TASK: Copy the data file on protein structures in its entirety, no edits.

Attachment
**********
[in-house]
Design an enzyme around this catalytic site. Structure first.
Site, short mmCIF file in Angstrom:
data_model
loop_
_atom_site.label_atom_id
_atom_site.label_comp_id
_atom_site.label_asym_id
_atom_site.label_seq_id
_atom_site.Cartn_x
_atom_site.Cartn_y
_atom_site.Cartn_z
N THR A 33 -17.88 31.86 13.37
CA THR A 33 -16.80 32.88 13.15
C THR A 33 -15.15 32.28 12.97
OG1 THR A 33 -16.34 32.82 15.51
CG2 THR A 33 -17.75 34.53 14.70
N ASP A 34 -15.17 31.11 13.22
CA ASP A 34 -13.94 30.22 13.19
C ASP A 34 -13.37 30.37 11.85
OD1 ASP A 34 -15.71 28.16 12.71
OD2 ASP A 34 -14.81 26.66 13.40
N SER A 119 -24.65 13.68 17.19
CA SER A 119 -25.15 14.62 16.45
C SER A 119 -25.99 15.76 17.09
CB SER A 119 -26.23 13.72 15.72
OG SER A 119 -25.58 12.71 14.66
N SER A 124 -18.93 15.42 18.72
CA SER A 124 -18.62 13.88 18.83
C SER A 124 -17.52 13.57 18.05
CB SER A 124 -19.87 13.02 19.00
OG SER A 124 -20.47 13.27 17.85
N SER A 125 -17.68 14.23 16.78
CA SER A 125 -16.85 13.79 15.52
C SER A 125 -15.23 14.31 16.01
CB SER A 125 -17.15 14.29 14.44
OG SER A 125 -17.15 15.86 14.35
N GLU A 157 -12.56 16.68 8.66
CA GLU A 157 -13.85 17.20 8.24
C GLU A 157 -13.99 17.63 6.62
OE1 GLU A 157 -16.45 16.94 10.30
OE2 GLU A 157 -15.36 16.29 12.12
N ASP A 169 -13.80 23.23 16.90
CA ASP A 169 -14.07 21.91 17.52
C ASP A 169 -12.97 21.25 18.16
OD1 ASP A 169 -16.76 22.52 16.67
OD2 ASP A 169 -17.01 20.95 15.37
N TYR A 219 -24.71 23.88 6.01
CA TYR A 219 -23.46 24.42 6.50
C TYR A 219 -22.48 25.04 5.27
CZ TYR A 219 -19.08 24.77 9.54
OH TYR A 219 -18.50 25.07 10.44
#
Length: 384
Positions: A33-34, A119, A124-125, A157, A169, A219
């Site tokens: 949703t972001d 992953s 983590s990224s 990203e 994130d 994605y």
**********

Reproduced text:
[in-house]
Design an enzyme around this catalytic site. Structure first.
Site, short mmCIF file in Angstrom:
data_model
loop_
_atom_site.label_atom_id
_atom_site.label_comp_id
_atom_site.label_asym_id
_atom_site.label_seq_id
_atom_site.Cartn_x
_atom_site.Cartn_y
_atom_site.Cartn_z
N THR A 33 -17.88 31.86 13.37
CA THR A 33 -16.80 32.88 13.15
C THR A 33 -15.15 32.28 12.97
OG1 THR A 33 -16.34 32.82 15.51
CG2 THR A 33 -17.75 34.53 14.70
N ASP A 34 -15.17 31.11 13.22
CA ASP A 34 -13.94 30.22 13.19
C ASP A 34 -13.37 30.37 11.85
OD1 ASP A 34 -15.71 28.16 12.71
OD2 ASP A 34 -14.81 26.66 13.40
N SER A 119 -24.65 13.68 17.19
CA SER A 119 -25.15 14.62 16.45
C SER A 119 -25.99 15.76 17.09
CB SER A 119 -26.23 13.72 15.72
OG SER A 119 -25.58 12.71 14.66
N SER A 124 -18.93 15.42 18.72
CA SER A 124 -18.62 13.88 18.83
C SER A 124 -17.52 13.57 18.05
CB SER A 124 -19.87 13.02 19.00
OG SER A 124 -20.47 13.27 17.85
N SER A 125 -17.68 14.23 16.78
CA SER A 125 -16.85 13.79 15.52
C SER A 125 -15.23 14.31 16.01
CB SER A 125 -17.15 14.29 14.44
OG SER A 125 -17.15 15.86 14.35
N GLU A 157 -12.56 16.68 8.66
CA GLU A 157 -13.85 17.20 8.24
C GLU A 157 -13.99 17.63 6.62
OE1 GLU A 157 -16.45 16.94 10.30
OE2 GLU A 157 -15.36 16.29 12.12
N ASP A 169 -13.80 23.23 16.90
CA ASP A 169 -14.07 21.91 17.52
C ASP A 169 -12.97 21.25 18.16
OD1 ASP A 169 -16.76 22.52 16.67
OD2 ASP A 169 -17.01 20.95 15.37
N TYR A 219 -24.71 23.88 6.01
CA TYR A 219 -23.46 24.42 6.50
C TYR A 219 -22.48 25.04 5.27
CZ TYR A 219 -19.08 24.77 9.54
OH TYR A 219 -18.50 25.07 10.44
#
Length: 384
Positions: A33-34, A119, A124-125, A157, A169, A219
């Site tokens: 949703t972001d 992953s 983590s990224s 990203e 994130d 994605y």